Scientists can be passionately critical of different approaches to a given problem. Over the years, I have found myself crossing swords frequently with epidemiologists with whom I am otherwise good friends ‘off the pitch'. To some extent, this difference in approach seems to me to be grounded in the logistics of gathering or generating data, and the analysis thereof. The epidemiological approach is often incredibly labour-intensive with regards to data gathering—consider the interview approach and dietary studies that require subjects to recall meals eaten—and therefore requires careful thought and planning to achieve a meaningful outcome with limited resources. By contrast, many areas of molecular biology generate an enormous amount of data easily and quickly, and therefore lend themselves to a different way of thinking and heated debate about the ‘correct way to do science'. Such arguments are futile at best and possibly damaging to science at worst. What is regarded as the correct approach might be, in part, due to limitations in generating data, but it might not be necessary or correct in the future, as the history of science has shown.
The accepted scientific method consists of formulating a hypothesis and then testing it by experimentation which, at least in theory, attempts to disprove the hypothesis. Experiments generate data that can be analysed by various means to test the hypothesis. This is a common approach in epidemiological studies—for example, for identifying a risk factor for a given disease. This approach necessitates that one proposes a risk factor for the condition or disease—alcohol consumption or dietary deficiency—and then collects data pertaining to that factor. Of course, studies of social or nutritional risk factors often simultaneously collect data for testing multiple parameters.
The main risk of such studies, in my opinion, is that the researcher must first predict or guess the risk factor and then collect data pertaining to it. Of course, previous work might have suggested or even identified a risk factor in a separate study. Nevertheless, I suggest that such an approach can be fundamentally deficient, as the researcher approaches the study with his or her inherent limitations of knowledge and experiential bias, merely by choosing one possible risk factor out of perhaps hundreds of possibilities. There is a good chance that the risk factor will be confirmed as such and give rise to a publication, as a result of the bias in publishing positive studies and, particularly, studies that verify previous findings.
By contrast, the new ‘omics' technologies allow us to generate massive quantities of data rapidly and thereby enable us to take a far less biased approach to tackle a given problem. There are already about one million transcriptome data sets available , or single-nucleotide polymorphism (SNP) chips that can analyse one million SNPs each. One might easily use these to investigate a large number of individuals, generating one billion separate pieces of information per 1,000 individuals, with no prejudice or preconceived ideas.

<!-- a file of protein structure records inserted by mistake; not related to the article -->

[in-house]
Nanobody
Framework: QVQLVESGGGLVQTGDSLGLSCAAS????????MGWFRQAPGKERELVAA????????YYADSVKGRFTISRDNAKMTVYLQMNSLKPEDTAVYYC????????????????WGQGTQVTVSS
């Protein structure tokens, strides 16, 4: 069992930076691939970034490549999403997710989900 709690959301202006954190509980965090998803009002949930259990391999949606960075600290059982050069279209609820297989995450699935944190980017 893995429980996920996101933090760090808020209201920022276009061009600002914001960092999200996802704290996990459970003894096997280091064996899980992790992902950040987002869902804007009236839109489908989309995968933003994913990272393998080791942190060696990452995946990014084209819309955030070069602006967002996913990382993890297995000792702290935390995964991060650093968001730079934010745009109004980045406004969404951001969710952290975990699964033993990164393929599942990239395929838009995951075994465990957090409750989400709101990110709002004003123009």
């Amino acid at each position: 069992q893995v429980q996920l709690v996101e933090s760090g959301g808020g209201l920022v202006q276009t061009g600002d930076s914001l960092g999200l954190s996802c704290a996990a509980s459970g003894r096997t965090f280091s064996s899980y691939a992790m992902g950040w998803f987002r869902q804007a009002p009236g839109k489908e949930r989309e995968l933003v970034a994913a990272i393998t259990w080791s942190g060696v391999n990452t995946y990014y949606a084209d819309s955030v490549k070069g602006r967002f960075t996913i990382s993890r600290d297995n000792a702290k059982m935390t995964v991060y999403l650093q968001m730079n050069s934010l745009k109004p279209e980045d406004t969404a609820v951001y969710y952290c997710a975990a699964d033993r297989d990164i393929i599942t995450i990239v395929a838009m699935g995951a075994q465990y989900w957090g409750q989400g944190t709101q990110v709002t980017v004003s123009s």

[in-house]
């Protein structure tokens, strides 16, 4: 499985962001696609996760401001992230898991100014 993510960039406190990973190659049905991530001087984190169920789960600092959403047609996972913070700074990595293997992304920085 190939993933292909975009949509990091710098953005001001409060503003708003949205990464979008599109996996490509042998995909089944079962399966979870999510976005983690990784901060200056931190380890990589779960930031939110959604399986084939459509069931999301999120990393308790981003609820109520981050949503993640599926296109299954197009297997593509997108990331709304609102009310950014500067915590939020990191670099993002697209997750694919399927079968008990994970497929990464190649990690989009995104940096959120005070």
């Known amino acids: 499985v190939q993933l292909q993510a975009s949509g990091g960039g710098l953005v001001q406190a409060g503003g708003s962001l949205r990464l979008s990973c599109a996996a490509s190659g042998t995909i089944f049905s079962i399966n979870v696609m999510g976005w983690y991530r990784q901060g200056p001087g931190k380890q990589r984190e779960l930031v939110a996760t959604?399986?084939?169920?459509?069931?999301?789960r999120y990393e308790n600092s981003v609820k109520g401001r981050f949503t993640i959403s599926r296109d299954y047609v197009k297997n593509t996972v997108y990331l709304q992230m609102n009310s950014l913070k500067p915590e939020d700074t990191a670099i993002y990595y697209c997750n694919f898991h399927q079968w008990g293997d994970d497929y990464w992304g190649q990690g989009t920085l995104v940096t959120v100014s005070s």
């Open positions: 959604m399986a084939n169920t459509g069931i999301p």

Equipped with such huge data sets, we can perform data mining in an objective way. For some purists, this approach to data acquisition is anathema, as it is not ‘hypothesis-driven'. However, I submit that it is. In this case, the original hypothesis is broad or generic—we generate data, assess it and probably find something useful for elucidating our research problem. The broad hypothesis states that we use the results to generate models that identify differences, for example between experimental subjects and controls, without specifying what those differences are and without collecting specific and limited data sets. The ‘old-style stickler' might find this approach unacceptable; however, it might be the best way to avoid bias. Contrary to what some have suggested to me, this approach is not simply playing with data to generate a hypothesis, which would violate the principle that one should not look for a primary hypothesis in results. The hypothesis is that one will design an algorithm and find a pattern, which allows us to distinguish between cases and controls.
By using this approach, the examination of large data sets might generate useful and specific leads for further study and validation. These follow-up studies can be governed by the traditional hypothesis-driven approach: ‘biomarker X' is a risk factor for ‘condition Y'. Such a combination of data-gathering and hypothesis-driven approaches might be the only way to understand complex diseases, even infectious diseases, in which the invading pathogen might be necessary for disease, but in itself is inadequate as a single risk factor.
Of course, if we examine large data sets to find interesting patterns or biomarkers that might correlate with a given condition, we will probably identify false positives at a rate of at least 1:20, simply by chance. This is why replication studies that use independent sample sets are important. As long as we have proper controls in place and use statistics appropriately, this approach to science should yield wonderful new results and massively increase our knowledge of the world, instead of merely proving or refuting notions that we already suspect.
The author declares that he has no conflict of interest.
- Baker M (2012) Nature487: 282–283 [PubMed]
Professor Hans Rosling certainly is a remarkable figure. I recommend watching his performances. Especially the BBC's "Joy of Stats" is exemplary. Rosling sells passion for data, visual clarity and great deal of comedy. He represents the data-driven paradigm in science. What is it? And is it as exciting and promising as the documentary suggests?